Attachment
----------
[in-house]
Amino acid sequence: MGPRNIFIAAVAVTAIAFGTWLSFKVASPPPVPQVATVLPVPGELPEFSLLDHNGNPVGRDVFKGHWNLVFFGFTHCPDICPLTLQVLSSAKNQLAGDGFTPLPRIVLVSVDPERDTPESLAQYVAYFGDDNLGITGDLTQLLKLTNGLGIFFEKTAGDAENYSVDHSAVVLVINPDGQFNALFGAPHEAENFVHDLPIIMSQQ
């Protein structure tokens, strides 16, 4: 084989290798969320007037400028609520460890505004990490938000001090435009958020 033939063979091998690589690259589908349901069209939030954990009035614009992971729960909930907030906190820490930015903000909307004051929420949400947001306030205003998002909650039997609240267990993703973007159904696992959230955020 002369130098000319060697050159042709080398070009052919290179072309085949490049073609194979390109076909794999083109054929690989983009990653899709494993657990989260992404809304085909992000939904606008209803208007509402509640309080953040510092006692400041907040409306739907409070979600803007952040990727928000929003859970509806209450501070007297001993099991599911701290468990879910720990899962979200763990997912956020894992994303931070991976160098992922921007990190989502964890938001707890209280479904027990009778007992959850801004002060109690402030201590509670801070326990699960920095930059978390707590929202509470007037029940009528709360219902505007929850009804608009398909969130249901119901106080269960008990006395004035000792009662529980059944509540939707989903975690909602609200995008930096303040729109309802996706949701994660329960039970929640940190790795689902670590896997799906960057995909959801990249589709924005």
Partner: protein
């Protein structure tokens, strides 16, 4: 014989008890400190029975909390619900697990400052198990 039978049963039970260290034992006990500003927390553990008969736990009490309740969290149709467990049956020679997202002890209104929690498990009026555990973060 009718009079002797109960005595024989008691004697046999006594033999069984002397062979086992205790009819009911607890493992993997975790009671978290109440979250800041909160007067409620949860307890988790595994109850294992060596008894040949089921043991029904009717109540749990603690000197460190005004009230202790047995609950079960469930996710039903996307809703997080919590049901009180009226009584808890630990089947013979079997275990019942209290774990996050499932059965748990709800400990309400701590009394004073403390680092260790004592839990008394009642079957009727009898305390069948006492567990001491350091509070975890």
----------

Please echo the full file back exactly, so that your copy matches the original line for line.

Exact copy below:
[in-house]
Amino acid sequence: MGPRNIFIAAVAVTAIAFGTWLSFKVASPPPVPQVATVLPVPGELPEFSLLDHNGNPVGRDVFKGHWNLVFFGFTHCPDICPLTLQVLSSAKNQLAGDGFTPLPRIVLVSVDPERDTPESLAQYVAYFGDDNLGITGDLTQLLKLTNGLGIFFEKTAGDAENYSVDHSAVVLVINPDGQFNALFGAPHEAENFVHDLPIIMSQQ
């Protein structure tokens, strides 16, 4: 084989290798969320007037400028609520460890505004990490938000001090435009958020 033939063979091998690589690259589908349901069209939030954990009035614009992971729960909930907030906190820490930015903000909307004051929420949400947001306030205003998002909650039997609240267990993703973007159904696992959230955020 002369130098000319060697050159042709080398070009052919290179072309085949490049073609194979390109076909794999083109054929690989983009990653899709494993657990989260992404809304085909992000939904606008209803208007509402509640309080953040510092006692400041907040409306739907409070979600803007952040990727928000929003859970509806209450501070007297001993099991599911701290468990879910720990899962979200763990997912956020894992994303931070991976160098992922921007990190989502964890938001707890209280479904027990009778007992959850801004002060109690402030201590509670801070326990699960920095930059978390707590929202509470007037029940009528709360219902505007929850009804608009398909969130249901119901106080269960008990006395004035000792009662529980059944509540939707989903975690909602609200995008930096303040729109309802996706949701994660329960039970929640940190790795689902670590896997799906960057995909959801990249589709924005």
Partner: protein
């Protein structure tokens, strides 16, 4: 014989008890400190029975909390619900697990400052198990 039978049963039970260290034992006990500003927390553990008969736990009490309740969290149709467990049956020679997202002890209104929690498990009026555990973060 009718009079002797109960005595024989008691004697046999006594033999069984002397062979086992205790009819009911607890493992993997975790009671978290109440979250800041909160007067409620949860307890988790595994109850294992060596008894040949089921043991029904009717109540749990603690000197460190005004009230202790047995609950079960469930996710039903996307809703997080919590049901009180009226009584808890630990089947013979079997275990019942209290774990996050499932059965748990709800400990309400701590009394004073403390680092260790004592839990008394009642079957009727009898305390069948006492567990001491350091509070975890």